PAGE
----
Is your website valuable to users? You’ll have to ask Google.

Google is notorious for keeping the contents of their search algorithms a secret. As it turns out, that’s the only way they can keep some marketers from abusing the complicated web of rules and rankings. Don’t despair! Follow the steps in our “Beginners guide to SEO” to start improving your website’s Search Engine Results Pages (SERP) and conversion rate.

A Beginners Guide to SEO:

Age is just a number

…that you should really care about. The term is called Indexed Age and refers to the distance between the first index (whether organic or forced) and the current date. Google doesn’t trust that “young” websites will be reliable in giving users what they’re looking for. This is especially important with brand new websites. If you haven’t set up an account with Google Search Console, we suggest you do it immediately, and force a crawl for every page on your website. If Get Online NOLA built your website, you don’t have to worry; we index all of our sites within a week of going live. (You’re welcome.)

Who’s the boss (in SEO)?

Google wants to see that your website is an authority in your field by displaying a diverse web of links from you to established websites. The term Barnacle SEO was coined by Will Scott from the New Orleans based SEO firm, Search Influence. It refers to the idea of forming a bond (or link) from your site to a website that is trusted by Google in order to reap the benefits of the organic traffic surrounding that site. If you’re curious as to what a trusted site, or seed site, looks like, Google your industry. The most trusted and authoritative websites will appear on the first 2 pages of results.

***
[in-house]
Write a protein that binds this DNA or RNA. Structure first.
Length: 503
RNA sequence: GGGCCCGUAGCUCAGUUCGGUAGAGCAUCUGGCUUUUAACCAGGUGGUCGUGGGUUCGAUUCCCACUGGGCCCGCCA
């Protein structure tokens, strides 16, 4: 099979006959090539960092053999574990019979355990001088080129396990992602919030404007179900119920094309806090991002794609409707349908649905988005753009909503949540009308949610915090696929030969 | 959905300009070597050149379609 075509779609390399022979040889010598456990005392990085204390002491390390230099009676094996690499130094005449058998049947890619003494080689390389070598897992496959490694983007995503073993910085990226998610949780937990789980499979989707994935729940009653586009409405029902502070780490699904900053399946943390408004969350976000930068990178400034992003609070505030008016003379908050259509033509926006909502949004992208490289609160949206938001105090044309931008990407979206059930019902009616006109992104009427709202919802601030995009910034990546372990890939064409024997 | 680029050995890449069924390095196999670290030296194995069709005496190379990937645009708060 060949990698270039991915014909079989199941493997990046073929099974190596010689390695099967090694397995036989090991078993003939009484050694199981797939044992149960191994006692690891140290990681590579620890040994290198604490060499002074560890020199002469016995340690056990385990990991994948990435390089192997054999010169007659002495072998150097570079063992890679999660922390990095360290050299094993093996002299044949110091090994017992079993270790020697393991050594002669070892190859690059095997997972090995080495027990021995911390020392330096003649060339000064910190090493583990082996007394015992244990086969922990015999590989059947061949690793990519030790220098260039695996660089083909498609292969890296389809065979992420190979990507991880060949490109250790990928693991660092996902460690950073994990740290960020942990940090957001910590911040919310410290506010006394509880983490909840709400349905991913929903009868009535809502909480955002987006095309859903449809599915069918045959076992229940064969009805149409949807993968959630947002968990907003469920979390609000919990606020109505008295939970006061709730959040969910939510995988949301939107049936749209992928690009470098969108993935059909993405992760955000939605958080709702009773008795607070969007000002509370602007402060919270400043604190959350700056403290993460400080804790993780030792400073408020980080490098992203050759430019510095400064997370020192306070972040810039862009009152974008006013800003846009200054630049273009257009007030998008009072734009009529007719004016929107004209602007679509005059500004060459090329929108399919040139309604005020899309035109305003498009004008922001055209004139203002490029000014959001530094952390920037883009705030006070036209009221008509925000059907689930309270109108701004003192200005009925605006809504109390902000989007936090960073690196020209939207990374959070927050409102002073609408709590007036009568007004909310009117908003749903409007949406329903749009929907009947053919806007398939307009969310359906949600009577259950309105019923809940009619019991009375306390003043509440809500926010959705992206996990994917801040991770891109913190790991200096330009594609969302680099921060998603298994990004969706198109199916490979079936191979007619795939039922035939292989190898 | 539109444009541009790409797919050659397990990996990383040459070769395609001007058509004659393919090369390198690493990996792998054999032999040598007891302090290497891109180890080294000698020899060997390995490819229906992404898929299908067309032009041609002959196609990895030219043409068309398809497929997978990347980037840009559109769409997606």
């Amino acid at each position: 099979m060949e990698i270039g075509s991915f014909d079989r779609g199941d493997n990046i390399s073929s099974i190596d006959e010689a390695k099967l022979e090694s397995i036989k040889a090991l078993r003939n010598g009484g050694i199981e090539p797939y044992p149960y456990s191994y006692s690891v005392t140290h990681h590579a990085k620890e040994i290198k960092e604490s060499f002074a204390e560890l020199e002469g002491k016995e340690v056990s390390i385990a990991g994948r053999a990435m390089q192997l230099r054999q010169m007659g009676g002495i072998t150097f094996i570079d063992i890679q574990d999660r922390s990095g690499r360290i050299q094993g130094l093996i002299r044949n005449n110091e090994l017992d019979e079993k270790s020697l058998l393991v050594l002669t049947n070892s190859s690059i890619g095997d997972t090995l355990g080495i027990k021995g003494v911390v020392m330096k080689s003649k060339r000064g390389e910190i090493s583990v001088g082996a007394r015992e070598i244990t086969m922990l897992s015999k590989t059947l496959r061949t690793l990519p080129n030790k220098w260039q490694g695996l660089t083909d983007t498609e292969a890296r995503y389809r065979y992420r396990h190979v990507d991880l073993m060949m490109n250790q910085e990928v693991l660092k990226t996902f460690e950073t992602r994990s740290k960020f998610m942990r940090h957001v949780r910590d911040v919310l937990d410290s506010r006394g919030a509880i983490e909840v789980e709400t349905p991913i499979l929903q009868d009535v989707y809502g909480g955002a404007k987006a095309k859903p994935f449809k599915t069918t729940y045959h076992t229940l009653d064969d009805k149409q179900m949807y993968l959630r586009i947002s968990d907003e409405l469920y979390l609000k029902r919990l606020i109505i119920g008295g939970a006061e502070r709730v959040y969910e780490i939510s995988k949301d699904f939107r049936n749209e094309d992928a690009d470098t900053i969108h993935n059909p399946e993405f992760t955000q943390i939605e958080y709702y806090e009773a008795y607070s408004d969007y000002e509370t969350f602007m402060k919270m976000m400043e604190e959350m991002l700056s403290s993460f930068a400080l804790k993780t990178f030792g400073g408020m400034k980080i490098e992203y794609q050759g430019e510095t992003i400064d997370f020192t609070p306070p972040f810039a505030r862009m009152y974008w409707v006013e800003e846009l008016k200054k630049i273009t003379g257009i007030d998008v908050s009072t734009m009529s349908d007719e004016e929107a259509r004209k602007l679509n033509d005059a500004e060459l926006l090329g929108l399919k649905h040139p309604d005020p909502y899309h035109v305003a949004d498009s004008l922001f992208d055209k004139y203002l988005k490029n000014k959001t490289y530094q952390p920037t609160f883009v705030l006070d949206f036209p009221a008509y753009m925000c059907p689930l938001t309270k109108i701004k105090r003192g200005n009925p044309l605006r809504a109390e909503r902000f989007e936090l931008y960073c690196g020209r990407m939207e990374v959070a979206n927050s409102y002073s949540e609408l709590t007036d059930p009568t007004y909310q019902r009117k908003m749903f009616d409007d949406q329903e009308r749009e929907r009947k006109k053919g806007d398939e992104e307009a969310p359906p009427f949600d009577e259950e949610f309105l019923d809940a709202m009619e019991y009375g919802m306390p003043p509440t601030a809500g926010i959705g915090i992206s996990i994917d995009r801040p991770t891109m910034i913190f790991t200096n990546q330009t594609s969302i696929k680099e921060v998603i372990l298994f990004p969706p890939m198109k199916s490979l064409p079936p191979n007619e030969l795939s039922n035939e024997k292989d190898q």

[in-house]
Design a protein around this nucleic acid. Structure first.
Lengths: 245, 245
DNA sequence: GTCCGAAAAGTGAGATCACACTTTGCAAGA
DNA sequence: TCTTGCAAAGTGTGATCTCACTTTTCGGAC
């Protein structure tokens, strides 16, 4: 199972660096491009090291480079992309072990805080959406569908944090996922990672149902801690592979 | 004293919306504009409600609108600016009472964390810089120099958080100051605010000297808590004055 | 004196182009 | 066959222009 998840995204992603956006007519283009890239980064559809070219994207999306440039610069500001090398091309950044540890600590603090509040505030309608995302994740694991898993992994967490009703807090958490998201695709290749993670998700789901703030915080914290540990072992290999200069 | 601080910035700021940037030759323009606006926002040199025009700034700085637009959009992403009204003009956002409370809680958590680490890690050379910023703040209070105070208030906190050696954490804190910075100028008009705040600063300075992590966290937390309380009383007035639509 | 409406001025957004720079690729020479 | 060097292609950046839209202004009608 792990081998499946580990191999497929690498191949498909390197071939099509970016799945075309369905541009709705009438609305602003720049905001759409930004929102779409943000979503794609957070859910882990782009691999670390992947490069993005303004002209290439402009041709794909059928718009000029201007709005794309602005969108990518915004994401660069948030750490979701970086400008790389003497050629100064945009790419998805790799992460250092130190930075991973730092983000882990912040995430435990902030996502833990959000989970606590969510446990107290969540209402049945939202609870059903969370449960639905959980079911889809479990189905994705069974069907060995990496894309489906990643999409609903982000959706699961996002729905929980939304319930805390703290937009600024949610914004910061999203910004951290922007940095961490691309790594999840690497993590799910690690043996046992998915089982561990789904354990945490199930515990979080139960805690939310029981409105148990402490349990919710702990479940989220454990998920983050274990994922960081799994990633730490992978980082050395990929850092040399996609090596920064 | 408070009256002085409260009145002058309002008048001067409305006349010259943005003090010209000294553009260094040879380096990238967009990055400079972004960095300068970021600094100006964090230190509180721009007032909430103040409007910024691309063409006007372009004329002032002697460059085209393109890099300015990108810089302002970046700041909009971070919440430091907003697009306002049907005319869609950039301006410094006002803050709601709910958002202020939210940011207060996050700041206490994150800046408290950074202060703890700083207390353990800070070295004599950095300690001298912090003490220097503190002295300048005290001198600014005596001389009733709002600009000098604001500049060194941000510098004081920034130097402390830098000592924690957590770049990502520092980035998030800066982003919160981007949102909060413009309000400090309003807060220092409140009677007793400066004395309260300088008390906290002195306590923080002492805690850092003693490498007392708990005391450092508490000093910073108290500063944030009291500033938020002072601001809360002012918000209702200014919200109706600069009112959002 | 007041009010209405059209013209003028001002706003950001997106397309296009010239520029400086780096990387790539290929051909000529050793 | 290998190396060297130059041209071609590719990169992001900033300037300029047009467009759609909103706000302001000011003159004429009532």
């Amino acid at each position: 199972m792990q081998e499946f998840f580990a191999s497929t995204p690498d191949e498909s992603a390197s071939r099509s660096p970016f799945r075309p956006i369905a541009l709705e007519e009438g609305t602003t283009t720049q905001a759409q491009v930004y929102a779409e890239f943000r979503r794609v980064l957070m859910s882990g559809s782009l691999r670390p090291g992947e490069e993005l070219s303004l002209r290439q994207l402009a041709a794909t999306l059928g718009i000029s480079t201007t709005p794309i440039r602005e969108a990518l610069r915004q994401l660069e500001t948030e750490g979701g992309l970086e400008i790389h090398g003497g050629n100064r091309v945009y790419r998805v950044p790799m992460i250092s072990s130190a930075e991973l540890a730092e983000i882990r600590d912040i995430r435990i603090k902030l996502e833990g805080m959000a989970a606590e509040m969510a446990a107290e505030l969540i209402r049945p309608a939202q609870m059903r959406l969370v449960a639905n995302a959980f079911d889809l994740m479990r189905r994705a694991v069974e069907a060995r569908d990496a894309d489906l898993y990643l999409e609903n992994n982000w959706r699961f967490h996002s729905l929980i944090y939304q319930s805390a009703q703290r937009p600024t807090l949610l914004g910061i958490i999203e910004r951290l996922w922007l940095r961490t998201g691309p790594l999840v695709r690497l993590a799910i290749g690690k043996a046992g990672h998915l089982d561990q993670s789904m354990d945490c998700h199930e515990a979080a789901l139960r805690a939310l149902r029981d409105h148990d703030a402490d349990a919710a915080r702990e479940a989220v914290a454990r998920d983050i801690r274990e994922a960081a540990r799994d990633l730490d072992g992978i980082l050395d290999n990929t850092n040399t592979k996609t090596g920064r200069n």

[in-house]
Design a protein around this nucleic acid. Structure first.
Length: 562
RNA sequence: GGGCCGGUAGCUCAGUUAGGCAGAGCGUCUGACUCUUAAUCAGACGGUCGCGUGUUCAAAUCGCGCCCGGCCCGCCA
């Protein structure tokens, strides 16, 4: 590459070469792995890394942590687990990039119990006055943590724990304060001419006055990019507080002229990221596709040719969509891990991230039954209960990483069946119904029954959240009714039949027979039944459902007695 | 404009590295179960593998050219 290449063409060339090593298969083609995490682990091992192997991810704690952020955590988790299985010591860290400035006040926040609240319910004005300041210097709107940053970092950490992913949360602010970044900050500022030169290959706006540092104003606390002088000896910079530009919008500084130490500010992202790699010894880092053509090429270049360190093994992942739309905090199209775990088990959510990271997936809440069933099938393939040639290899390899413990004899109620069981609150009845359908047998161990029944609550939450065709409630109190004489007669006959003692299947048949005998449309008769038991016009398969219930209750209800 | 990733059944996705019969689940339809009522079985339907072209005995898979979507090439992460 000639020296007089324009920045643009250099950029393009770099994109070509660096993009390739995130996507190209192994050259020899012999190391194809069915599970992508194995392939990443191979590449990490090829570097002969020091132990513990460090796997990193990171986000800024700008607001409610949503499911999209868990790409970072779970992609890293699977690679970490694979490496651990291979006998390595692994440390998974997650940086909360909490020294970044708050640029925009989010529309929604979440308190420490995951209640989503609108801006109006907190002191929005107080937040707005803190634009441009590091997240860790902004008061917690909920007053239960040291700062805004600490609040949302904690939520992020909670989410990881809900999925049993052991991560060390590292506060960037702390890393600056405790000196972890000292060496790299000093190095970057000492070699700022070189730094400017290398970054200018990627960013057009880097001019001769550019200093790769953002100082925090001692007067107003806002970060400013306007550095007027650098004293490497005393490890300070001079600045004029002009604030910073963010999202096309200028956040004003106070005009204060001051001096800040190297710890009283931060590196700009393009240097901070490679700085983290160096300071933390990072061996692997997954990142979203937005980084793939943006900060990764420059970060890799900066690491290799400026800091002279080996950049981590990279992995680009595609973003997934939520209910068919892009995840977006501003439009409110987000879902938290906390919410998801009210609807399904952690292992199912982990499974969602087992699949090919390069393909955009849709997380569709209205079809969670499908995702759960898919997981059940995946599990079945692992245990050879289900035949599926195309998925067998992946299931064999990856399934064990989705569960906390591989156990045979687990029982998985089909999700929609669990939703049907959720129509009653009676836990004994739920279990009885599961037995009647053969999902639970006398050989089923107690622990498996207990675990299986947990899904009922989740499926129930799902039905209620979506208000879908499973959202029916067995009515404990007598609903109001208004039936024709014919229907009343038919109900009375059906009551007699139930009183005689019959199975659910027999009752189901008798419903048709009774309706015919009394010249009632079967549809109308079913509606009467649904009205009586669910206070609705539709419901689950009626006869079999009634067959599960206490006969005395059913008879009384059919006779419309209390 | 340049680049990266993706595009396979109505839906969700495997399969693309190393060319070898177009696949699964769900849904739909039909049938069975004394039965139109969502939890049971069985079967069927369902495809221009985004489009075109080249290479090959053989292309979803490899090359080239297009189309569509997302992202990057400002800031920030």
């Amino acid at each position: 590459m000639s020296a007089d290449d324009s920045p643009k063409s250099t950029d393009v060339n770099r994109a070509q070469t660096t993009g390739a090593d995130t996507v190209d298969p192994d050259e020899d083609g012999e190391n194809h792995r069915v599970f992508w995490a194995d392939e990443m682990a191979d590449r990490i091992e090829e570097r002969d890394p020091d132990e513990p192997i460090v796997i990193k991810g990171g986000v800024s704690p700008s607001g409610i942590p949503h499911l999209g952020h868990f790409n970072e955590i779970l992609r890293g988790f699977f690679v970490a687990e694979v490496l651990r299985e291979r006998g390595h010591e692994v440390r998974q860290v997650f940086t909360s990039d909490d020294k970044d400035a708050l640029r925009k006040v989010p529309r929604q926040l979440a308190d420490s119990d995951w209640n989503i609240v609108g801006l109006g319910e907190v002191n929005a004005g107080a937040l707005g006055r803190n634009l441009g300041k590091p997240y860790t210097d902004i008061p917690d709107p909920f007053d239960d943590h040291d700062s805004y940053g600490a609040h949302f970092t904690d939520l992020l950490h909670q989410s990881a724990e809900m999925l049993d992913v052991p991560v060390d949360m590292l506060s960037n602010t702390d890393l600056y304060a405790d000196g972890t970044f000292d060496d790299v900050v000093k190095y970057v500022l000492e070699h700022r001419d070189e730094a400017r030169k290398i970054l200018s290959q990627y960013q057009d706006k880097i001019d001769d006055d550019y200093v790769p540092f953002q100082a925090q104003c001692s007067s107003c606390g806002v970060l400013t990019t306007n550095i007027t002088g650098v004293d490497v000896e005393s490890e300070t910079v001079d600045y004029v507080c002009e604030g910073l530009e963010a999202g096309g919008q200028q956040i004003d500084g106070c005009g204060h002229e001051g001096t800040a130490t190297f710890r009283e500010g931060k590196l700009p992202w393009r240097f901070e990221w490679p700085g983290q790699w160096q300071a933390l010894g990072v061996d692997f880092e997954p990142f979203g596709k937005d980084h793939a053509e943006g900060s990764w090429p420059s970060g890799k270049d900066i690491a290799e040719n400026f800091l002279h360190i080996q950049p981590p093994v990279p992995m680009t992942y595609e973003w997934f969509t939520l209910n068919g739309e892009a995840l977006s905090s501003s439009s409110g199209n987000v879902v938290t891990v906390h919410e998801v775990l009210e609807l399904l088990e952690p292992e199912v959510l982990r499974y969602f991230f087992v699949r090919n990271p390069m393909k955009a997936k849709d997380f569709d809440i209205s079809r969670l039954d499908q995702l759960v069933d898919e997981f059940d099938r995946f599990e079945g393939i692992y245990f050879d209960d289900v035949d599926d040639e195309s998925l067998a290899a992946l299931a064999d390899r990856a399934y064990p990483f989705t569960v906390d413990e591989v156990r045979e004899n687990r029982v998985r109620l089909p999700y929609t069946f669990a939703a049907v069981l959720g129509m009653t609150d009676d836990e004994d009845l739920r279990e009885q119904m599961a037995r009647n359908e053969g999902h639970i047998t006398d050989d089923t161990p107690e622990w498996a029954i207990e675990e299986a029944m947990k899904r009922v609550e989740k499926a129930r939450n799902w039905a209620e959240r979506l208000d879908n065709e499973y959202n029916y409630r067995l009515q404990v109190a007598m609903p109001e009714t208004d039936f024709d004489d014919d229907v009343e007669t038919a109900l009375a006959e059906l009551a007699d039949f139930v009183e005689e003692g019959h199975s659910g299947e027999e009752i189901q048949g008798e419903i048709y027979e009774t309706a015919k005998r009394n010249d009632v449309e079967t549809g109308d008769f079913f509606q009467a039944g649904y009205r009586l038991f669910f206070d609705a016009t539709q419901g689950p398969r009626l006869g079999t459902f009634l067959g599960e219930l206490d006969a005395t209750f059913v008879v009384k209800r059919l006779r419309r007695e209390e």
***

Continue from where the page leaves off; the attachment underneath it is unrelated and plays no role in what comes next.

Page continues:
Get fresh with your content

Content marketing is just one of the many aspects of Search Engine Optimization. Your website is crawled by Googlebots to index the content from your website into their database. From there, the Google gods will determine if your content is worthy of a prime ranking position. Trust me, that’s a good thing. Just as it’s important to index your website when you first go live, it’s equally as essential when you put up new content. It’s ok to be more wordy with your content if you’re marketing to other businesses or professionals in your field, but be mindful of content that lacks substance, is overloaded with keywords, or duplicate content. Again, quality over quantity.

Don’t overstuff (unless you’re a po’boy)

Including keywords in your content marketing efforts matters, and yet it doesn’t. At the end of the day, you are creating content for real people to read and experience. Google developed the Hummingbird algorithm to use Latent Semantic Indexing (LSI) software in response to the overstuffing of keywords and to determine the relationship between terms and concepts in your website’s content. This means that not only are they looking at your keywords and H1, H2, bold, etc. styling, they can also determine your use of synonyms surrounding the determined keywords.

Take it to go

Imagine a person, say someone that you have determined is your target consumer, who has decided they’re ready to purchase your product or service. Right now. From their phone. Google announced in 2015 that they would prioritize mobile-friendly sites in mobile searches, so if your website is not responsive (designed to look great on various screen sizes) you’re basically shooting yourself in the foot.  Mobile searches now outnumber searches performed on a desktop computer and Google wants to make their users happy, so many web designers are beginning to design for mobile first.

I’m calling security!

A Secure Sockets Layer, or SSL, certificate provides an encrypted link between a web server (your website’s hosting provider) and a browser (that’s your user). It ensures that all of the information passed during the interaction between your user and your website remains private. While it’s not officially part of any Google algorithm, you’ll have likely noticed the Not Secure notification preceding a URL in the address bar of your browser. Google wants their users to feel safe in knowing that prying eyes aren’t trying to steal their personal information. This is already required for e-Commerce websites, but we’re sure, will be required for all websites in the near future.

Search Engine Optimization Take Away:

The bottom line is: if Google doesn’t trust you, you’ll have a very difficult time ranking on its lucrative Search Engine Results Pages (SERPs). Your search rankings won’t increase or improve overnight and your efforts may not even be measurable within 12 months if your industry is competitive.

Need help with your rankings? Contact us to get started.

Leave a Reply

Your email address will not be published. Required fields are marked *